And while Thomas is apparently surrounded by these "Marxist feminist" women who espouse this particular worldview, they are few and far between in my orbit. Then again, he lives in New York.
Jesus, what a documentary
A couple of weeks ago, I expressed the desire to see Brian Flemming's The God Who Wasn't There, and this being a desire that was not particularly difficult to fulfill either I could wait however long for a rental, or I could ante up $25 and get my own copy it has now come to fruition by way of Option B.
As a film, it's just this side of brilliant: despite an awful lot of talking heads, there isn't a dull moment in the 60-minute running time, and Flemming's narration pulls off the difficult task of balancing serious and snarky. The inclusion of some bloody footage from Mel Gibson's The Passion of the Christ "used without permission," reads the credit comes with a graphic reminder that it wasn't particularly bloody: once you're past the first reel, you're hard-pressed to find two consecutive minutes without some scenes of violence. (A handy minute-by-minute index to said gore is provided on screen.) A group of revival-goers interviewed outside a Billy Graham proves to be suitably fervent, but hardly what you'd call comparison shoppers. And Flemming's visit to the Christian school in southern California where he was first, um, indoctrinated turns ugly surprisingly quickly.
As an instrument of persuasion? Me, I remain unpersuaded. Then again, I was aware of the porous history of early Christianity, and the similarities in the Gospel stories to tales of other deities; I wrote about one here many years ago. And a few bits of talk on the commentary track bordered on paranoid: yes, we do have a lot of fundamentalists, and no, it's not likely that they're going to have the atheists rounded up and shot. To no surprise, the Raving Atheist, whose voice is heard on this track, doesn't rave at all: he's as sensible in person, apparently, as he is in text form.
Still, I recommend The God Who Wasn't There, even if it wasn't a life-changing experience (a phrase I truly despise) for me: it's consistently entertaining and it asks the right questions. To quote an earlier screenwriter: "I respect faith, but doubt is what gets you an education." This film, I'd say, can legitimately be considered educational, though I suspect that the truest of True Believers will remain unmoved.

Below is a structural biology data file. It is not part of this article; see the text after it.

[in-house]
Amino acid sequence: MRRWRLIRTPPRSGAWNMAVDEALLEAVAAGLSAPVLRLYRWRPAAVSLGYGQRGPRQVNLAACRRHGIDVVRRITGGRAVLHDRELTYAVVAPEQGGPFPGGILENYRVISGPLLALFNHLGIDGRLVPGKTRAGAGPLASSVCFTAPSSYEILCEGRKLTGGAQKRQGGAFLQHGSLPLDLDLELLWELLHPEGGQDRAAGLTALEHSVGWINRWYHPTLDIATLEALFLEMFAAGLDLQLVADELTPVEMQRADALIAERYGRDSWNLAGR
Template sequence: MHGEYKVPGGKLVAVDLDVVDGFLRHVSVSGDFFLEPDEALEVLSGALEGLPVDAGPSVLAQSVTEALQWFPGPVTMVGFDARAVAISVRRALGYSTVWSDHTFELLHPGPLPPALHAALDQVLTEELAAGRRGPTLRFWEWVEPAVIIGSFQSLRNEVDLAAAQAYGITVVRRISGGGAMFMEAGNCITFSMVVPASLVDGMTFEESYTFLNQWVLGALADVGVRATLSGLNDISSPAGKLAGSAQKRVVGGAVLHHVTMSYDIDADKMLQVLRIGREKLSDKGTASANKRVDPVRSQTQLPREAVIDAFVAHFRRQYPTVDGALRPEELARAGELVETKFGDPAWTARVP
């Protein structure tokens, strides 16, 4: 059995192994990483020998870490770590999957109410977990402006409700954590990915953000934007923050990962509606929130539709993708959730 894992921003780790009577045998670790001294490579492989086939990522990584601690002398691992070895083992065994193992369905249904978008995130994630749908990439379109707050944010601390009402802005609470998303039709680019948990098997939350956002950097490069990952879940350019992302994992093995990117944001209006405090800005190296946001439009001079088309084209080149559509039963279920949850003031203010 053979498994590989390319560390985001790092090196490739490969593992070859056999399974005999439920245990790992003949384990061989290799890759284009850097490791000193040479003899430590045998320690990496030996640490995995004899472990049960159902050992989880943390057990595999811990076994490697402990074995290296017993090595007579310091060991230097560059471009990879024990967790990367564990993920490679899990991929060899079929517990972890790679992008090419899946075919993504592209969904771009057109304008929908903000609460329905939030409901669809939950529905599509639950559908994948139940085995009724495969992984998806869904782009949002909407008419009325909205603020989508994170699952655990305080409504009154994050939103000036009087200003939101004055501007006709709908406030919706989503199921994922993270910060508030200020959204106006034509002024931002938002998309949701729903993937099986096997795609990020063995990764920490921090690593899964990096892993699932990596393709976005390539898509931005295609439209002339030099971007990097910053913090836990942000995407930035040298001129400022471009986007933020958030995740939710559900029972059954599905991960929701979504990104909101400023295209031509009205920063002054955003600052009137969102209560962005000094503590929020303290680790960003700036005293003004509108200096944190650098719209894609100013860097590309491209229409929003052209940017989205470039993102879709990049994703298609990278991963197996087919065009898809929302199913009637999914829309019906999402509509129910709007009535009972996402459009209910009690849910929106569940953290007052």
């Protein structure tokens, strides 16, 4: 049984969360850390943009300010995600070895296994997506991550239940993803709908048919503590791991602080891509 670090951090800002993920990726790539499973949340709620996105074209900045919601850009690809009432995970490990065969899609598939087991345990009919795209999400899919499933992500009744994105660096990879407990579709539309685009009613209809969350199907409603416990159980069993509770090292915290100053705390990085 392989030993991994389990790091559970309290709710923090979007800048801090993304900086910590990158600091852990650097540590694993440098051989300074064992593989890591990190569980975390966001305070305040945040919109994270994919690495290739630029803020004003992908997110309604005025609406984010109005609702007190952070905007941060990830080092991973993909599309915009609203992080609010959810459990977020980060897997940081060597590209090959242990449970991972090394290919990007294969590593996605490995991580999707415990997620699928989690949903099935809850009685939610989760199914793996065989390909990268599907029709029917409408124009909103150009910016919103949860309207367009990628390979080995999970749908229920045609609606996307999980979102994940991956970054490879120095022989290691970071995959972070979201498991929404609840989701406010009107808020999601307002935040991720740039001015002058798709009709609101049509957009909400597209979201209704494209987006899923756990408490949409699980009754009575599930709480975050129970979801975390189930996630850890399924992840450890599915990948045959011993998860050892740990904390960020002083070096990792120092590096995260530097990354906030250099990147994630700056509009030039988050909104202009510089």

(Addendum: Brian Flemming has a blog.)
26 September 2005
Out in the open
A question by Chris Medlock of the Tulsa City Council:
When Governor Henry gives the State-of-the-State Address, he delivers it before a joint session of the State Legislature. When President Bush gives the State-of-the-Union Address, he delivers it before a joint session of Congress. But when Mayor LaFortune delivers the State-of-the-City Address, he gives it to the Metro Chamber of Commerce.
Somewhat shows where the Mayor's priorities lie, doesn?t it?
Well, maybe. The same situation holds in Oklahoma City, where the Mayor gives his speech in January, with one notable exception: the city posted the speech, including some graphs, on its Web site, and broadcast it on tape-delay on the city's cable channel. If I remember correctly, it was also reprinted in full in the Oklahoman, so pretty much anyone who wanted to know what Mayor Cornett was talking about could find out easily enough.
Still, I have to take Medlock's side here:
The proper venue for the State-of-the-City Address is the Francis Campbell City Council Meeting Room. The proper audience is the Tulsa City Council and the citizens of Tulsa, via the gallery and the cable TV audience.
And we should do similarly here, I believe.
Sutter Hospitals in the San Francisco area are being struck by the SEIU United Healthcare Workers, and union members are blogging the strike.
The tendency of major corporations in situations like this is to clam up, to refer all questions to a single PR person who subsequently ignores them; Sutter, a large nonprofit, has made a couple of responses to the union, but they're buried at least one level deep on their Web site, and of course they're not taking comments from readers.
I think we can expect to see more of this in future job actions.
(Via Lindsay Beyerstein.)
Warding off excessive seriousness
Declares Sue Ellen Cooper, Queen Mother of the Red Hat Society:
The Red Hat Society began as a result of a few women deciding to greet middle age with verve, humor and elan. We believe silliness is the comedy relief of life, and since we are all in it together, we might as well join red-gloved hands and go for the gusto together. Underneath the frivolity, we share a bond of affection, forged by common life experiences and a genuine enthusiasm for wherever life takes us next.
There are RHS chapters all over the place, including the Dazzling Sophisticats and the Sun Kissed Natural Divas.
And the Society is apparently big enough nowadays to have its own credit card, so I have to assume that their message is being heard.
Brendan Gill once said that "Not a shred of evidence exists in favor of the idea that life is serious," which supports the idea of God as Comic Genius. Works for me.
One of those SCSI units
This is one of those cases where the item practically writes itself:
A defense attorney has asked a judge to bar any references to his client's nickname "Scuz" in his upcoming murder trial, saying the moniker could negatively influence jurors.